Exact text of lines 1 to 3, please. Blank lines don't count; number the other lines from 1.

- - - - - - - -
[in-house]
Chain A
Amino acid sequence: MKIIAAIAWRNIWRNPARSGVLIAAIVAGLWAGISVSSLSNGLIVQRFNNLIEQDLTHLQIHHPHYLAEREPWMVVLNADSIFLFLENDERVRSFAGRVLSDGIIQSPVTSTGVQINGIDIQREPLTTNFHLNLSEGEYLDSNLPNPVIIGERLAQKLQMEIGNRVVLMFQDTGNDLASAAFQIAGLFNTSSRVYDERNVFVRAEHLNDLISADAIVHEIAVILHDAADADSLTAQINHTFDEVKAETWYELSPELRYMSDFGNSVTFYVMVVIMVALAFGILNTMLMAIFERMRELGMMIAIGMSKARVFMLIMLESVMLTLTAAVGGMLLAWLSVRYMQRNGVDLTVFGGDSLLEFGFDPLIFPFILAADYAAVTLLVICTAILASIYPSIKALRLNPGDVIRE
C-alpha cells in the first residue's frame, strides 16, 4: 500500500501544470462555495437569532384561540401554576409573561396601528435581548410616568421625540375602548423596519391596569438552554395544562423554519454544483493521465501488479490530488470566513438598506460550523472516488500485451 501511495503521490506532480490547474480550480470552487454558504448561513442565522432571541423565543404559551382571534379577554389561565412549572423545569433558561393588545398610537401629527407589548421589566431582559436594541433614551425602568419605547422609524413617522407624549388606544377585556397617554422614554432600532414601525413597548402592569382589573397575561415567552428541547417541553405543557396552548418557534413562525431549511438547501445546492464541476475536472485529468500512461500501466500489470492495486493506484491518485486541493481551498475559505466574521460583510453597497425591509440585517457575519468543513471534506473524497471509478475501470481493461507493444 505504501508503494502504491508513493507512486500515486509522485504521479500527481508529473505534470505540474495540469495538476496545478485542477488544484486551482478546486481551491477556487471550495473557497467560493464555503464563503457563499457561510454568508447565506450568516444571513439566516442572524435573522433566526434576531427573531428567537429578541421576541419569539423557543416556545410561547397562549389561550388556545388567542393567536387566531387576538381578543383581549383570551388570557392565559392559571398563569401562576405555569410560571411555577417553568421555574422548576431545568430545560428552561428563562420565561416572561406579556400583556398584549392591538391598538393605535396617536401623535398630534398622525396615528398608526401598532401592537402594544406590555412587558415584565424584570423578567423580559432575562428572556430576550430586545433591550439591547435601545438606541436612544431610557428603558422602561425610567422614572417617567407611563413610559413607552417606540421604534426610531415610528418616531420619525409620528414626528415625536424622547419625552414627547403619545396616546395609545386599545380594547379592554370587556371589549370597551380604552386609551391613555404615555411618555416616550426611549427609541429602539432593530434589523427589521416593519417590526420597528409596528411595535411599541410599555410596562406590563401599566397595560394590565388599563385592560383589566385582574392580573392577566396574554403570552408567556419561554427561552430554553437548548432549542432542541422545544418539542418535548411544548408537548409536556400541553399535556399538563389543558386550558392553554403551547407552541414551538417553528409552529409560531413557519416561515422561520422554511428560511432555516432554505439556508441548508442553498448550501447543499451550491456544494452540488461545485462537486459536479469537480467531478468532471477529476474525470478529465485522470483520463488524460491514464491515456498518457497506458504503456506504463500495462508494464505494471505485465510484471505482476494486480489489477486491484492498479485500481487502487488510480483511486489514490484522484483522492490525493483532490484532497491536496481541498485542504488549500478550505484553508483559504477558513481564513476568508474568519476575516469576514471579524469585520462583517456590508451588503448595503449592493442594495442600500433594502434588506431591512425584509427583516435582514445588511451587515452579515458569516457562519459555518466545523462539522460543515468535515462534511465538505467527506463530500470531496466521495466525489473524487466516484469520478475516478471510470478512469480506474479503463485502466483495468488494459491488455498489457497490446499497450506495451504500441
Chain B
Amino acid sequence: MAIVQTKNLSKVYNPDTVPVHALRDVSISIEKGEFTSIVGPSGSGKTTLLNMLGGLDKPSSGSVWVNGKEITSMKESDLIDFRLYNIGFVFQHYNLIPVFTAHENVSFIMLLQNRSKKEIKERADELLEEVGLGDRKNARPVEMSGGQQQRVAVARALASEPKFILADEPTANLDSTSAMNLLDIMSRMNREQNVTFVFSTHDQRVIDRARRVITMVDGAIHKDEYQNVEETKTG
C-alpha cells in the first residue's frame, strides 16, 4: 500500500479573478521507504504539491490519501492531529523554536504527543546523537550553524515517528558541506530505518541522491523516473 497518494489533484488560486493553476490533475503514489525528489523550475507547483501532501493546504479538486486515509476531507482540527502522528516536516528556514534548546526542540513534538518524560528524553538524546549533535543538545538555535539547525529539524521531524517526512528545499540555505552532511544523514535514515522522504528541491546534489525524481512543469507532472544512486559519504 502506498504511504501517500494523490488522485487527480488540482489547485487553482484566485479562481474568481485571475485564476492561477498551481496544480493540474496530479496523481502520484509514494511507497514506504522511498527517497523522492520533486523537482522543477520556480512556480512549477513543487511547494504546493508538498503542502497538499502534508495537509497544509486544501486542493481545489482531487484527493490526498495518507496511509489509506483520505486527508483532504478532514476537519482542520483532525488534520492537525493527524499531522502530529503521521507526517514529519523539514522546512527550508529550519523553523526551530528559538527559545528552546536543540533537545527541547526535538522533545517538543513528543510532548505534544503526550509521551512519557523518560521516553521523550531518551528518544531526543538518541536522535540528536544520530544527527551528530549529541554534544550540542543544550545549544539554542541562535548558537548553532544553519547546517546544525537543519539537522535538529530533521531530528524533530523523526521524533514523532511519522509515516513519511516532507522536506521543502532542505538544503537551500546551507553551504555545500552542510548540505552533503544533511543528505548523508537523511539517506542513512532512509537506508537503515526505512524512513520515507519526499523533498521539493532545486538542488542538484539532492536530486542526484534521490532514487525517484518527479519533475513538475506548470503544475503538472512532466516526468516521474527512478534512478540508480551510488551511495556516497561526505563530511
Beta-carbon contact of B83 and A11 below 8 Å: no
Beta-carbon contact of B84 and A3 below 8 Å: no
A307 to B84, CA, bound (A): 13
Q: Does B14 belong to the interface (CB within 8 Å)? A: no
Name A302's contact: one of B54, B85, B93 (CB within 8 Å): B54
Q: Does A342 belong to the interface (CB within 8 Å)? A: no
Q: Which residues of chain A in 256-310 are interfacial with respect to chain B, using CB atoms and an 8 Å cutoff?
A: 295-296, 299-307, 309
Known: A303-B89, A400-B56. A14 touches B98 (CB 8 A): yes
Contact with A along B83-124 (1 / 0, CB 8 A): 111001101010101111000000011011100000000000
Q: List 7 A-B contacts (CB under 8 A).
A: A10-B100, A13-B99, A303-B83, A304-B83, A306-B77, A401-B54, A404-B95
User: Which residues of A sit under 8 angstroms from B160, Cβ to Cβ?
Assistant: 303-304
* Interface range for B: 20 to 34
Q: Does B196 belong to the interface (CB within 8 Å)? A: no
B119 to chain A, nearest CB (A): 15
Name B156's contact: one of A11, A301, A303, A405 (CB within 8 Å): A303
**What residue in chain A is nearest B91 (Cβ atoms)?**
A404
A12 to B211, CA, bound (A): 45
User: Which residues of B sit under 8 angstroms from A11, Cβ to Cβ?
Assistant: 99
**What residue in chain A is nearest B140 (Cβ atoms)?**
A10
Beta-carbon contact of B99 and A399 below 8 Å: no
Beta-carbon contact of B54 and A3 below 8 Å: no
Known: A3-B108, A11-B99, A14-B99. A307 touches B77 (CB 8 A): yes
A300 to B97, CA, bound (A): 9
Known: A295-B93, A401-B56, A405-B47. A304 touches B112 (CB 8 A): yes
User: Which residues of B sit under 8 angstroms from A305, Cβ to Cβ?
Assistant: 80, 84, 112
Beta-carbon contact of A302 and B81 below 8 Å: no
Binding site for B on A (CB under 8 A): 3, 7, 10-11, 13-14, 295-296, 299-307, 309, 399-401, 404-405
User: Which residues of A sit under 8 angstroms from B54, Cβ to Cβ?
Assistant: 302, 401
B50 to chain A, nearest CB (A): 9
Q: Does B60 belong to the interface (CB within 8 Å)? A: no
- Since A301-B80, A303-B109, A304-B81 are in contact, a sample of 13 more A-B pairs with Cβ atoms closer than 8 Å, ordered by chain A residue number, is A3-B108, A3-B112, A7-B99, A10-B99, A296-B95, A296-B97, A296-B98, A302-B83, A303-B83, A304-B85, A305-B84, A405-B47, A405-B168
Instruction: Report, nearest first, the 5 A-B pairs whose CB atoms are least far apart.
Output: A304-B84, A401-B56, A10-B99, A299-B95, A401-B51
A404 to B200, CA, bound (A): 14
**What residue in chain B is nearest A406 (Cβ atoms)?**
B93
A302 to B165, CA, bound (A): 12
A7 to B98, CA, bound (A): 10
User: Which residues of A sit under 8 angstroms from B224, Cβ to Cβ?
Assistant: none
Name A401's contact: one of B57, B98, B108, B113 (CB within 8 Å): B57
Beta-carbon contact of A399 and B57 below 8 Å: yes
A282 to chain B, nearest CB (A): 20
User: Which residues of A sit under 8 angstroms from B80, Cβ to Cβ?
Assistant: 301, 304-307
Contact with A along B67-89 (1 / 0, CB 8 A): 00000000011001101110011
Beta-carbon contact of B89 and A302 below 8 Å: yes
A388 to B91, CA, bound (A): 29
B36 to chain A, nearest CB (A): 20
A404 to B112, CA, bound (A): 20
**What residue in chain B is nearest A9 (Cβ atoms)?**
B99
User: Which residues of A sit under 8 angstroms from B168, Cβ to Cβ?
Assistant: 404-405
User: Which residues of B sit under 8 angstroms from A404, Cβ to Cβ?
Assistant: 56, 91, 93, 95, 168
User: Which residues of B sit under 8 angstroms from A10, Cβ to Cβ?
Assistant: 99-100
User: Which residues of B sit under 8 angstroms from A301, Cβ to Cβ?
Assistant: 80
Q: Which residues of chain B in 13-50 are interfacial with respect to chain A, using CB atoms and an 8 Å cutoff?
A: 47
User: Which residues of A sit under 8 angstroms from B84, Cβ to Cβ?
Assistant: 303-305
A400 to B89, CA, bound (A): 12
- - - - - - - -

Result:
[in-house]
Chain A
Amino acid sequence: MKIIAAIAWRNIWRNPARSGVLIAAIVAGLWAGISVSSLSNGLIVQRFNNLIEQDLTHLQIHHPHYLAEREPWMVVLNADSIFLFLENDERVRSFAGRVLSDGIIQSPVTSTGVQINGIDIQREPLTTNFHLNLSEGEYLDSNLPNPVIIGERLAQKLQMEIGNRVVLMFQDTGNDLASAAFQIAGLFNTSSRVYDERNVFVRAEHLNDLISADAIVHEIAVILHDAADADSLTAQINHTFDEVKAETWYELSPELRYMSDFGNSVTFYVMVVIMVALAFGILNTMLMAIFERMRELGMMIAIGMSKARVFMLIMLESVMLTLTAAVGGMLLAWLSVRYMQRNGVDLTVFGGDSLLEFGFDPLIFPFILAADYAAVTLLVICTAILASIYPSIKALRLNPGDVIRE